Let’s Scare Jessica To Death

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Let’s Scare Jessica To Death (1971) is one of the masterpieces of horror filmmaking to have come out of the seventies. This small, independent feature is a slow burning, tension filled nightmare set in rural Connecticut. The film is almost exclusively told from the perspective of Jessica (Zohra Lampert) who is recovering from some unspecified mental illness. Let’s Scare Jessica To Death uses the self-doubt of its title character as a prism through which to distort the reality of the narrative, thus keeping the audience guessing right up to the final reel.

Let’s Scare Jessica To Death follows in the tradition of Gaslight (1944) in how it employs and exploits the theme of the mentally ill woman to create suspense. However, unlike such contemporaneous films as All The Colors Of The Dark (1972) or Satan’s Slave (1976), Let’s Scare Jessica To Death doesn’t treat its protagonist as an object of pity or as the rather reductive character type of the damsel in distress. The film grounds the escalating tension in domestic settings and scenes that gradually grow more fantastic as doubt begins to recede. Coupled with Jessica’s internal dialogue, this has the effect of creating a protagonist that is both an audience surrogate and a fully fledged, autonomous character.

Much of the suspense of Let’s Scare Jessica To Death comes from Jessica’s own fear of how people will perceive her once she discloses some of the eerie sights she witnesses. These sights, these images are haunting enough without be shrouded in doubt as to their relationship with the concrete plot of the film. Early in Let’s Scare Jessica To Death these moments are derived from experiences that would make anyone uneasy, such as arriving in a small yet hostile town. For the first two thirds of the film Let’s Scare Jessica To Death pivots from the mundane to the macabre, making it totally unpredictable as to which spectres are those only Jessica sees and which are those every character sees.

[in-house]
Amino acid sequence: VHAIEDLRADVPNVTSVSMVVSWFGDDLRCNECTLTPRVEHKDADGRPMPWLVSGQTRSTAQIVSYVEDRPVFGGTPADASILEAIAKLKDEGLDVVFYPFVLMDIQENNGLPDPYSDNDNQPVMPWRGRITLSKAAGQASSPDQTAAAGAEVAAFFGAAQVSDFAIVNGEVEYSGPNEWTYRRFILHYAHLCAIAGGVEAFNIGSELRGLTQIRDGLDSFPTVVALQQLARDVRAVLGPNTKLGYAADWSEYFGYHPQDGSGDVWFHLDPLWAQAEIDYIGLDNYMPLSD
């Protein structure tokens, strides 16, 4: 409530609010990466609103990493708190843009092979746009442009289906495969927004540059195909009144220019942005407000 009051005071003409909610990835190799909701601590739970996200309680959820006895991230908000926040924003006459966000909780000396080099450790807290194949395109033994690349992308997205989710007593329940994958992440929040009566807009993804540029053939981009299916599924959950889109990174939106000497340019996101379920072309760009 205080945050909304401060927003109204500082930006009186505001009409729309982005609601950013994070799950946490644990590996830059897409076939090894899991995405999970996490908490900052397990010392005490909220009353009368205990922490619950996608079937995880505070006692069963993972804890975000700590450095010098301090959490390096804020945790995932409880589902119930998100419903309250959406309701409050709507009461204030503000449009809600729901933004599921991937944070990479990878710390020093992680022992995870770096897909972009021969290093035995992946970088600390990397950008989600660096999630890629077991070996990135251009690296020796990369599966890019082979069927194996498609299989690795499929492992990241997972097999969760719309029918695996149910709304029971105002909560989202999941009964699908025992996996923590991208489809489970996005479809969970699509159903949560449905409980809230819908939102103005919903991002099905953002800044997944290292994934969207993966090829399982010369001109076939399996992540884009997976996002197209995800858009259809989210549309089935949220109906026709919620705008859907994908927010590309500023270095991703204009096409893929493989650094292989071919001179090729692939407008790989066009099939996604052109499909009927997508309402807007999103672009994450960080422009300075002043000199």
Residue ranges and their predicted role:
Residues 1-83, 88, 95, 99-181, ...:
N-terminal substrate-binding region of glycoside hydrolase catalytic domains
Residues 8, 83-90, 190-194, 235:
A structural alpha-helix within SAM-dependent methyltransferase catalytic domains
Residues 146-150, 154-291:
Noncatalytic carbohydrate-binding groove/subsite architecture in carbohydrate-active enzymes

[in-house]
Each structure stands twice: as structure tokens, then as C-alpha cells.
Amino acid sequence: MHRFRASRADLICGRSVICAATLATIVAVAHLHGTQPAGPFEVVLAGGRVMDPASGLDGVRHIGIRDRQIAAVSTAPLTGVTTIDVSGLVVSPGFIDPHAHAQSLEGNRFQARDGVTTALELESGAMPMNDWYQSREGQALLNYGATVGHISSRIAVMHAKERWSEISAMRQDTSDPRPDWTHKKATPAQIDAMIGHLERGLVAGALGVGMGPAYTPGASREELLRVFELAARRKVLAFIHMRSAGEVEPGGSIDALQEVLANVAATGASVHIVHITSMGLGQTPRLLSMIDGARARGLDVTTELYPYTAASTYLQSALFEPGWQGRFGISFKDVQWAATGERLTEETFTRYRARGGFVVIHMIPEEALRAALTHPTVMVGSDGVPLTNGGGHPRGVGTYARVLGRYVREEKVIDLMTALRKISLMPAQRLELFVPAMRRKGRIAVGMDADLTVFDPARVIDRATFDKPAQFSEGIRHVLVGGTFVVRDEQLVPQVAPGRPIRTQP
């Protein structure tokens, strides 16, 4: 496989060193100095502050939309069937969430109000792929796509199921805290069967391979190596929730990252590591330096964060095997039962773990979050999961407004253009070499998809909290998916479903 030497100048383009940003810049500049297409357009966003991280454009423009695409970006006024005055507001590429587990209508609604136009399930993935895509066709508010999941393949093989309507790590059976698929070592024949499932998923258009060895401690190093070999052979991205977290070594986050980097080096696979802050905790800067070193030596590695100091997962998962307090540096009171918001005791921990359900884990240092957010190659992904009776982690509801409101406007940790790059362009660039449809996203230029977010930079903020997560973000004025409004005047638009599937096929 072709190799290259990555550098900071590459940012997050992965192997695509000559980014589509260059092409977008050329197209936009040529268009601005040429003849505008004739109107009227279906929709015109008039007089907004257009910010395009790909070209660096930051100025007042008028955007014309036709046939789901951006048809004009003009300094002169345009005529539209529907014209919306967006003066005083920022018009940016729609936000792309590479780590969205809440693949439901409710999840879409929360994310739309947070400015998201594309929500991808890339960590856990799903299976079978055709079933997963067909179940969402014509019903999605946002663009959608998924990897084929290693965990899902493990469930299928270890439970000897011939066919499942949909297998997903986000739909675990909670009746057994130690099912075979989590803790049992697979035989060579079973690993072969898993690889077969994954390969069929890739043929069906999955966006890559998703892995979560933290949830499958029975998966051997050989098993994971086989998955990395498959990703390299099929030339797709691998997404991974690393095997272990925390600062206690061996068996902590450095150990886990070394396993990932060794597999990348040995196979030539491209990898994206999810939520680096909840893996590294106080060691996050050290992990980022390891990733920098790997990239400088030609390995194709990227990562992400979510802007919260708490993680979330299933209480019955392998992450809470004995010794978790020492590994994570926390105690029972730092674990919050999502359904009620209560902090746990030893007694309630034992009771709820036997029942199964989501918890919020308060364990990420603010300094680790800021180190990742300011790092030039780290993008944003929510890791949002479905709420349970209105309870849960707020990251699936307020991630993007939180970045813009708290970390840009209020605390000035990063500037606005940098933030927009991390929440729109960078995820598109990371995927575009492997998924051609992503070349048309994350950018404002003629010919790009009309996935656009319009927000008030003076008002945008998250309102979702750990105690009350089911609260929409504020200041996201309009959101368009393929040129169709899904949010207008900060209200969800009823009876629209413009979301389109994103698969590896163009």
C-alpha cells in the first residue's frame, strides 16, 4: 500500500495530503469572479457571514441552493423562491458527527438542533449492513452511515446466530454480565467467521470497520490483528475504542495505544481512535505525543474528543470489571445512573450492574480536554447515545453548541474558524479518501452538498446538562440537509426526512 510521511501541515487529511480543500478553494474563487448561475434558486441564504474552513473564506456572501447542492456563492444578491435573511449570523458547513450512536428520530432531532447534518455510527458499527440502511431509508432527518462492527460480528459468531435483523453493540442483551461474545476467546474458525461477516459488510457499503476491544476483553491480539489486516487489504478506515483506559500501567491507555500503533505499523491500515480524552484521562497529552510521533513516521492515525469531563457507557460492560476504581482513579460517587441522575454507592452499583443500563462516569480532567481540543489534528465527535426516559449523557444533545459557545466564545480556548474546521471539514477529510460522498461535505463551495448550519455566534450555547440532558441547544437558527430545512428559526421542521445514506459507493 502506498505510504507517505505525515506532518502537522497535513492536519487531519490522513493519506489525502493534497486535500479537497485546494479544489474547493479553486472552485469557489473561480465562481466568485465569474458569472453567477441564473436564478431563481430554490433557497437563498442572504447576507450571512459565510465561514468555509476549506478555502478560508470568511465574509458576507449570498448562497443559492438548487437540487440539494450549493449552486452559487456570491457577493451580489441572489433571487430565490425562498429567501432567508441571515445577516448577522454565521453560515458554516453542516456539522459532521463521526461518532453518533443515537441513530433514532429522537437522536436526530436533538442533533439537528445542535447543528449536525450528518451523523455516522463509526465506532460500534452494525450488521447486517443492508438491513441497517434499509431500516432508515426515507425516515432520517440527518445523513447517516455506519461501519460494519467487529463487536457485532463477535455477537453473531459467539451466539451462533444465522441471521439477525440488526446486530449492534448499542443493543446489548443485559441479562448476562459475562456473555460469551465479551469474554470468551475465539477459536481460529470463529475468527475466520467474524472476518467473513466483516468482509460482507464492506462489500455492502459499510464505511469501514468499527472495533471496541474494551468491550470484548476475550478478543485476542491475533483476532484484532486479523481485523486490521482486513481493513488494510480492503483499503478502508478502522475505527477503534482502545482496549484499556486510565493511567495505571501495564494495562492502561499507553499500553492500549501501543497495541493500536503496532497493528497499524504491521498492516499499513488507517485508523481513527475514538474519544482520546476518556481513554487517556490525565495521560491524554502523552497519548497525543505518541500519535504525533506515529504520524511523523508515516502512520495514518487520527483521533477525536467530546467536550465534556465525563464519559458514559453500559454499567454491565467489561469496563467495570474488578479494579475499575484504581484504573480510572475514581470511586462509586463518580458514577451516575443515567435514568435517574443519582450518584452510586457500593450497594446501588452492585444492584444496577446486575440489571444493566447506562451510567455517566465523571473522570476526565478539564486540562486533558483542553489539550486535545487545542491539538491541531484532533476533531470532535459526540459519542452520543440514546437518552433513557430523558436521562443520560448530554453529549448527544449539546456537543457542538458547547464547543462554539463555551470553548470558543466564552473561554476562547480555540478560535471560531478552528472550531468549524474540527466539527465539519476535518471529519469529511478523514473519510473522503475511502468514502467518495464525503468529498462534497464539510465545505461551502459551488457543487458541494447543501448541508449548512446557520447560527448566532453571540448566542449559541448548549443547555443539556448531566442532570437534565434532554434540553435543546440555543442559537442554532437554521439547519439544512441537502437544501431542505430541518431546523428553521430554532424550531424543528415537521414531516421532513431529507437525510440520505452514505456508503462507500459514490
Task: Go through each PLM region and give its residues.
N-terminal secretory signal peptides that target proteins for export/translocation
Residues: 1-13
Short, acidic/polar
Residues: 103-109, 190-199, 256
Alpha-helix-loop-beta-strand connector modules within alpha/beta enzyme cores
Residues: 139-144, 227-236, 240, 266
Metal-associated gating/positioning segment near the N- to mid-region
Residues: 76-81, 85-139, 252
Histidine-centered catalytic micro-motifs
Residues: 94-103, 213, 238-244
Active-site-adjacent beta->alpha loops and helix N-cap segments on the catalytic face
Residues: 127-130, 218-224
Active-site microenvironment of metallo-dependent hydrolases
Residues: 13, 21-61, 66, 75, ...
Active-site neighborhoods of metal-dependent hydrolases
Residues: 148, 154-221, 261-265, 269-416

As it is revealed that Jessica has never been hallucinating a new theme is introduced to the film as if to suggest that all sense of reality as the viewer knows it has literally collapsed. The ghost or vampire (Gretchen Corbett) that has dogged Jessica’s stay at her new home turns out to be just one member of a cult-like community. The moment that Jessica arrived she walked into a kind of regional folk story come to life. It is that very primal fear of being the social outsider that has been amplified and become the climax not just of Jessica’s mental deterioration but of a tale of folksy supernatural horror.

The main reason that images of grotesque and eerie terror coexist so seamlessly with images of domestic discord is because filmmaker John D. Hancock (best known to those of my generation as the man behind Prancer) and cinematographer Robert M. Baldwin have shot the film so consistently that there is no stylistic difference between these scenes. Everything in Let’s Scare Jessica To Death is photographed without expressionistic flourishes or the typical deep shadows of the horror genre. Instead, Let’s Scare Jessica To Death looks like an old Kodak sample photograph of an idyllic New England autumn. The exterior scenes in particular exude this sense of warmth and serenity that is totally at odds with the pseudo-Gothic action of the plot or its ever increasing suspense.

In the years since its release Let’s Scare Jessica To Death has become a greatly revered film and a centerpiece in the critical discourse of Kier-La Janisse as well as a major influence on directors Robert Eggers and Ari Aster. Let’s Scare Jessica To Death is one of those rare films that is as esteemed by the horror community as it is by cinephiles at large.